'Angry Birds' Creator Wants To Build Undersea Tunnel To Connect Cities
4 months ago

Peter Vesterbacka may not be a household name, but many of us are familiar with the hit mobile game he helped create, Angry Birds. After taking the world by storm with a puzzle game that involved launching various birds to eliminate green pigs, he’s looking at an entirely new industry: quick travel. He’s looking to build underground tunnels that connects two Nordic countries.

Vesterbacka was the former chief marketing officer of Rovio Entertainment, the studio that brought us Angry Birds back in 2009. He left the company to pursue startup dreams in 2016, which ended up being a new game development studio in Finland called Lightneer. He would be marketing a new Pokemon Go-style education game called Big Bang Legends.

Shortly before leaving Rovio, Vesterbacka had the idea of a much different line of work -- building a tunnel between the capital cities of Finland and Estonia. At the moment, it takes roughly two hours to travel between the cities by ferry. With that travel time drastically shortened, Vesterbacka has the ultimate vision to create a “Nordic Silicon Valley” by fusing the Helsinki and Tallinn cities.

“Building a tunnel is different than building a game, but not that different,” Vesterbacka told BuzzFeed News. “It’s about making things happen, bringing the right people together...If they choose to underestimate my ability to make stuff happen, it is their problem.”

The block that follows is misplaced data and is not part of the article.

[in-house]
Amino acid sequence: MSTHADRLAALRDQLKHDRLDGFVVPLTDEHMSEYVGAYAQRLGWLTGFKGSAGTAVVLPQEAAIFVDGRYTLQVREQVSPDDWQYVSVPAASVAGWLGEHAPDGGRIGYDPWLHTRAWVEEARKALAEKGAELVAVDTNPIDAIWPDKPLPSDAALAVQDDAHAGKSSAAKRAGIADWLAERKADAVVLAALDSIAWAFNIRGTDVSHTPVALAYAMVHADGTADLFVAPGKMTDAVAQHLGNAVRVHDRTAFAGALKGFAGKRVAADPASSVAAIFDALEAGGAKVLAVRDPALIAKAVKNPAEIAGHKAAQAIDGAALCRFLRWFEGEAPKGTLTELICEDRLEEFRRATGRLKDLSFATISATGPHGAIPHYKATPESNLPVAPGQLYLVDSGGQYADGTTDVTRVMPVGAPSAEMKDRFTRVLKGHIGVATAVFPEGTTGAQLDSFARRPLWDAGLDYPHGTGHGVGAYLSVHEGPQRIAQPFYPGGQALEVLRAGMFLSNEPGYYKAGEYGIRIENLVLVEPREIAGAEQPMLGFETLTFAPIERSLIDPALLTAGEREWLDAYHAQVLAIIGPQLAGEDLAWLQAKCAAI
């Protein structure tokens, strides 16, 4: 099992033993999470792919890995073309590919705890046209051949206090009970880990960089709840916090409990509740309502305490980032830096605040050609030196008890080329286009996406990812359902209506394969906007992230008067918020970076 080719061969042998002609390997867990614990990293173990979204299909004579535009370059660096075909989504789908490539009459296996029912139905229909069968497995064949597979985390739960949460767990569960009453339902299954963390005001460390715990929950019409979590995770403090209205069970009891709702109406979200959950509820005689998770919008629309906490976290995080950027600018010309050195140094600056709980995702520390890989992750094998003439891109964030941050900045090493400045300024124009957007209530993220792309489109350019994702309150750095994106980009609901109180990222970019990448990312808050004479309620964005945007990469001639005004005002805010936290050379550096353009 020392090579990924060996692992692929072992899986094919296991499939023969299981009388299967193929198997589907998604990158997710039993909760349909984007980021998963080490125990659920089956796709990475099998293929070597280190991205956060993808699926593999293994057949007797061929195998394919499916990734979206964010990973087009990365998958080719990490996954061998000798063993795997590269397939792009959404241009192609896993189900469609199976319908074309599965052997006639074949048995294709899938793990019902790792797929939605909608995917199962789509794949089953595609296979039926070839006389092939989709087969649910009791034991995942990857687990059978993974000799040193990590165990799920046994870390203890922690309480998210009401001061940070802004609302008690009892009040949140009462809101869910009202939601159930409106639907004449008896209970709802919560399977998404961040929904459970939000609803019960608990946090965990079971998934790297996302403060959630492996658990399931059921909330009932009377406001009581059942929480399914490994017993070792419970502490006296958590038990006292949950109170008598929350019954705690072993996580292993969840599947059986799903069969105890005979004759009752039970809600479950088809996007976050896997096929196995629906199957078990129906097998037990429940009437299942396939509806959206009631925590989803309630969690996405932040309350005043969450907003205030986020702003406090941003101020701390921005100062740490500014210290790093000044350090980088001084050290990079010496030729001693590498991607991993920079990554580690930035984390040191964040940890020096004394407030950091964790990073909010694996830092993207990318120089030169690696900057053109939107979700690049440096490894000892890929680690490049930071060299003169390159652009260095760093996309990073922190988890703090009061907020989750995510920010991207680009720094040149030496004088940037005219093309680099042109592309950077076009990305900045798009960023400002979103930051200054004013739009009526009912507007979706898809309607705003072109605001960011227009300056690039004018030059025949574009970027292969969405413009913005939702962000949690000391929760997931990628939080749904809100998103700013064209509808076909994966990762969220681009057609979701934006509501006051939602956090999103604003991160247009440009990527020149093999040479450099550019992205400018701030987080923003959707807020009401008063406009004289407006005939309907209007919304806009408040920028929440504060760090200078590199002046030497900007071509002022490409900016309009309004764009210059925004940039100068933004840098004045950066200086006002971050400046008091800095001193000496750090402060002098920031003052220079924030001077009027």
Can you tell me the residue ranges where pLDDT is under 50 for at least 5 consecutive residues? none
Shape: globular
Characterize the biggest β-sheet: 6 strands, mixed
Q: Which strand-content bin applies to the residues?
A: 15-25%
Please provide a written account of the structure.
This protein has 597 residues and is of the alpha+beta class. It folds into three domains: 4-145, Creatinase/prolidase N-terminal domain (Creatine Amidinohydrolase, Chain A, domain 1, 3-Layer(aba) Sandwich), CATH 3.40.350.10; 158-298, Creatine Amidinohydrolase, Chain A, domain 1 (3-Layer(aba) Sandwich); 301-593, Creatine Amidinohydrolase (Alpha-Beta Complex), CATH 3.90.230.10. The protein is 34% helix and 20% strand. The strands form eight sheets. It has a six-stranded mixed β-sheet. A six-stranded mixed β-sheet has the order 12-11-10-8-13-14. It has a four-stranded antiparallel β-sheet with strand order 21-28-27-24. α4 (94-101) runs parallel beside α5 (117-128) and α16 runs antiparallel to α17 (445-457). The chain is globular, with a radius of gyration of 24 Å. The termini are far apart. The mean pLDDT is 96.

Costs for the development of the underground tunnels are expected to be around $18 billion US. 70 percent of the funding is expected to come from undisclosed investors from China and the rest from Scandinavian public pension funds. Based on a PricewaterhouseCoopers study, the tunnel would pay for itself over 37 years.

While Vesterbacka wants to have it completed by Christmas 2024, it could have a much longer timeframe. The Gotthard Base Tunnel in Switzerland (largest in the world) took 20 years to complete. There are two engineering companies that are collaborating on the project and have decided to move toward two parallel tunnels instead of one big pathway. Construction will not happen until funding has been received.

Environmental permits could be an even bigger hurdle than funding. The European Union is still studying the project to see if it’s worth building in the first place. This is where Vesterbacka brings in the “Silicon Valley” aspect without the struggles of housing costs that exist in the Bay Area. He believes the region can grow faster by connecting the cities together.

The underground tunnel supersedes a previous idea of building a bridge that’s held up by balloons to connect the metropolitan areas. It certainly seems like a better idea and we’re seeing the concept of fast underground travel coming to life through Elon Musk and Virgin Hyperloop One. Multiple pathways are planned out across the country, including under Denver, Chicago, and between New York City and Washington DC.

CommunityEverything You Need To Know About Organic Sunscreen Before Hitting The Beach

With the summer fast approaching, plans for sunny beach days and long hiking trips are not far away. Before grabbing your next sunscreen off the shelf, read on to learn how to choose the best type of sunscreen while avoiding the sun’s harmful UV rays.

By Desiree Kaplan
1 day ago
FoodThis Detroit Non-Profit Created A Shipping Container Farm To Feed Their Community

The automaker has partnered with a local charity to grow year-round produce and teach children about farming.

By Nicole Caldwell
1 week ago
NewsAnnouncing The Winners Of Our #WorkGreen Challenge

And the winners are...

By Green Matters
2 weeks ago
FoodGrubTubs Turns Restaurant Waste Into Nutrient-Dense Animal Feed

A Q&A with GrubTubs founder Robert Olivier, who uses food waste from restaurants to help family farmers create nutrient-dense animal feed.

By Nicole Caldwell
4 weeks ago
Stay Green
Sign up for our newsletter